The great thing about this magisterial work of scholarship is that it will supply evidence for both the prosecution and the defence of the cult of the saints in Catholic Christianity. It is written in a tone of such sympathetic neutrality that it is hard to figure out the author's own views on the subject; but as I read on I was reminded of the words of the Roman dramatist Terence, who said that since he was a man nothing human was alien to him – and whatever else may be said of the cult of the saints, it is human, all-too human.
Bartlett describes it as "the invocation of powerful invisible beings, human in form" – who happen to be dead. The title of his book comes from a question asked by Augustine of Hippo as he pondered the miracles wrought by the saints and martyrs of the early Church. The idea of living holy men and women with extraordinary powers derived from their closeness to God is common to many religions; what is distinctive about Christianity is that it took this idea beyond death and cherished what was left of the corpses of the saints as continuing sources of supernatural power – and it's the word supernatural that's the key to the issue here.
Since they emerged on Earth, humans have been wondering if they were alone in the universe or whether they came from another world to which they would return after death and with which, even now, they could have commerce. You can define the world's religions by the way they respond to these questions; and of them all, Catholicism is the most certain that there is indeed another world that interpenetrates and interfuses this one – and the best way to make contact with it is through the mediation of the holy dead. Their proven heroism gives the saints clout in the courts of heaven, so they are worth petitioning for favours.
What comes through Bartlett's encyclopaedic study of every aspect of this ancient phenomenon is a sympathetic understanding of the human need that prompted it: "…the cult of the saints met needs, in particular the need for the hope of a cure in a sick and suffering world." You can still see that need being expressed in Catholic churches throughout the world, where the poor and downtrodden get comfort from lighting candles and praying before the shrines of their favourite saints; and even if we think the whole set-up is a fraud on the gullible and needy, the generous-minded among us will acknowledge the comfort it brings to them.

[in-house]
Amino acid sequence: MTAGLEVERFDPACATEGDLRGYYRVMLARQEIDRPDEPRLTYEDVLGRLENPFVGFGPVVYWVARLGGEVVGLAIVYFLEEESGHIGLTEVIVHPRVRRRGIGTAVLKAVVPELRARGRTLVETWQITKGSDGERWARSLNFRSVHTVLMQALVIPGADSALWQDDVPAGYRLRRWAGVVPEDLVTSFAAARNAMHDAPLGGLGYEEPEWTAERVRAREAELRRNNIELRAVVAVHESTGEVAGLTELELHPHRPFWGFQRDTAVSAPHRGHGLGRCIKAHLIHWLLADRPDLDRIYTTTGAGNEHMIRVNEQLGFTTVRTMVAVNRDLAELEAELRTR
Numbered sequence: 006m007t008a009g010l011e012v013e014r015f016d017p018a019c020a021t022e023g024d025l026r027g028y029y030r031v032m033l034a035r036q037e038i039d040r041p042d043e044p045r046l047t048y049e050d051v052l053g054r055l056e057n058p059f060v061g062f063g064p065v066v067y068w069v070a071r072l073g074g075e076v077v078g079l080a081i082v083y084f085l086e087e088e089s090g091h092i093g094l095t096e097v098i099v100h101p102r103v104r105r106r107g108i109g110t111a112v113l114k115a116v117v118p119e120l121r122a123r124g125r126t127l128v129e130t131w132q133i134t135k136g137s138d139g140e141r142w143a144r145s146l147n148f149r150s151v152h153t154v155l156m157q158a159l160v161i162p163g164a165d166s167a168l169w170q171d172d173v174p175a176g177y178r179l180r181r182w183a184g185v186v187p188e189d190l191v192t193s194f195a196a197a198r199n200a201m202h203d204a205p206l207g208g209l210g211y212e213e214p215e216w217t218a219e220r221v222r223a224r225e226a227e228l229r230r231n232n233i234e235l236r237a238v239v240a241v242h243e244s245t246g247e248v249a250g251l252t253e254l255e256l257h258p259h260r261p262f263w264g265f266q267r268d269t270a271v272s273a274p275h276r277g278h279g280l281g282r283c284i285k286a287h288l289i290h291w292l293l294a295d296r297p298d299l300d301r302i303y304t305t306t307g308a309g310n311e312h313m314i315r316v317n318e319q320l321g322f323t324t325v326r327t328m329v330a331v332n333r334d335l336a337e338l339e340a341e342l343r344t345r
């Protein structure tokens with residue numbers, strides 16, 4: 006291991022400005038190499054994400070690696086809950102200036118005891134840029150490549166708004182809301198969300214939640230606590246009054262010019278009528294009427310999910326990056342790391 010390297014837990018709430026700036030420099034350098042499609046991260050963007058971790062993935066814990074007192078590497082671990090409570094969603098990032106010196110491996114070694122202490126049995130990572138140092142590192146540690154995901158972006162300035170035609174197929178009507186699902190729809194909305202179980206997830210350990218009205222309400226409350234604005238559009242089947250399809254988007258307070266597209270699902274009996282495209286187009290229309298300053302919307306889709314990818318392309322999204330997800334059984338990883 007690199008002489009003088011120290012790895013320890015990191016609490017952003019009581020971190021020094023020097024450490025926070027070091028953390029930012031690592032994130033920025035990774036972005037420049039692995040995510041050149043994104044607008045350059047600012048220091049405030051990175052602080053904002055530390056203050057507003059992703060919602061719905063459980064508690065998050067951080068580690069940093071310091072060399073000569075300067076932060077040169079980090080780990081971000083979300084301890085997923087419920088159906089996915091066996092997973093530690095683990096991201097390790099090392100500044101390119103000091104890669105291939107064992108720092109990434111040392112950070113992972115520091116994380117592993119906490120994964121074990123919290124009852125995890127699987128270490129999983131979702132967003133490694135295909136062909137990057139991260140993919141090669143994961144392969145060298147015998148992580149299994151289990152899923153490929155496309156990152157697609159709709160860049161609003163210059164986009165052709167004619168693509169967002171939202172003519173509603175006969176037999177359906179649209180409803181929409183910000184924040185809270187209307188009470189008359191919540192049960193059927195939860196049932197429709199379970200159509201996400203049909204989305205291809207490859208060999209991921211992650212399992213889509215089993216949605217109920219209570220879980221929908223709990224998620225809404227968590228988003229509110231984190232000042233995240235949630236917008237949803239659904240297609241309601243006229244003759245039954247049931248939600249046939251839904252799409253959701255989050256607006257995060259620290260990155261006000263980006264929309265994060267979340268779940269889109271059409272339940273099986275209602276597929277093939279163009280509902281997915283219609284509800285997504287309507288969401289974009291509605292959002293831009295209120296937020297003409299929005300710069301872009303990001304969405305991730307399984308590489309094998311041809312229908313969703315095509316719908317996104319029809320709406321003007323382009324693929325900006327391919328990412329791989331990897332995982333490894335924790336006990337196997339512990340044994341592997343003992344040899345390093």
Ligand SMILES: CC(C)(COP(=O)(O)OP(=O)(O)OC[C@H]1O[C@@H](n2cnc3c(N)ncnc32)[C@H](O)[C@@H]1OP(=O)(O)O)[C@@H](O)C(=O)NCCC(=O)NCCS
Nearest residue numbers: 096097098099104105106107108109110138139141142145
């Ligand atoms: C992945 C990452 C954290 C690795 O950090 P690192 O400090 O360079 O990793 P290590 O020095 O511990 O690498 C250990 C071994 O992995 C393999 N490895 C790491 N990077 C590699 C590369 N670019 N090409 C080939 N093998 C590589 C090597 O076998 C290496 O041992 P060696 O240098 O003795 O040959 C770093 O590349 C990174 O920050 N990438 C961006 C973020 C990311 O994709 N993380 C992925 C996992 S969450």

At the Reformation, Protestant Europe threw this whole colourful and corruptible system overboard, claiming it was based on bad theology: Christians already had a mediator in heaven, Jesus Christ, so no others were needed. And so vehemently opposed were the Scottish reformers to the cult of the saints and the imagery that expressed it that hardly a trace of pre-reformation ecclesiastical art survived north of the border.
To experience the desolation that resulted, make a pilgrimage to St Andrews – where Bartlett is himself a professor – and stand amidst the bare ruined choirs of the ancient abbey and think about what was lost. It was here that John Knox preached against the cult of the saints, and we are told that "…the sermon was scarcely done when they fell to work to purge the kirk and break down the altars and images and all kinds of idolatry... before the sun was down there was never an inch standing but bare walls..." We saw that same brutal iconoclasm at work in 2001 when the Afghani Taliban destroyed the great statues of the Buddhas in Bamiyan, proving that Puritanism never dies, it just assumes new forms.
Well, I don't believe praying to the holy dead will help any of us solve our problems, but next time I am in church I will light a candle to Our Lady to show whose side I am on in the endless struggle against the spiritual fascists who arrogate to themselves the right to tell the rest of us what we should or should not believe.
Richard Holloway is the former Bishop of Edinburgh. His latest book, 'Leaving Alexandria', is published by CanongateReuse content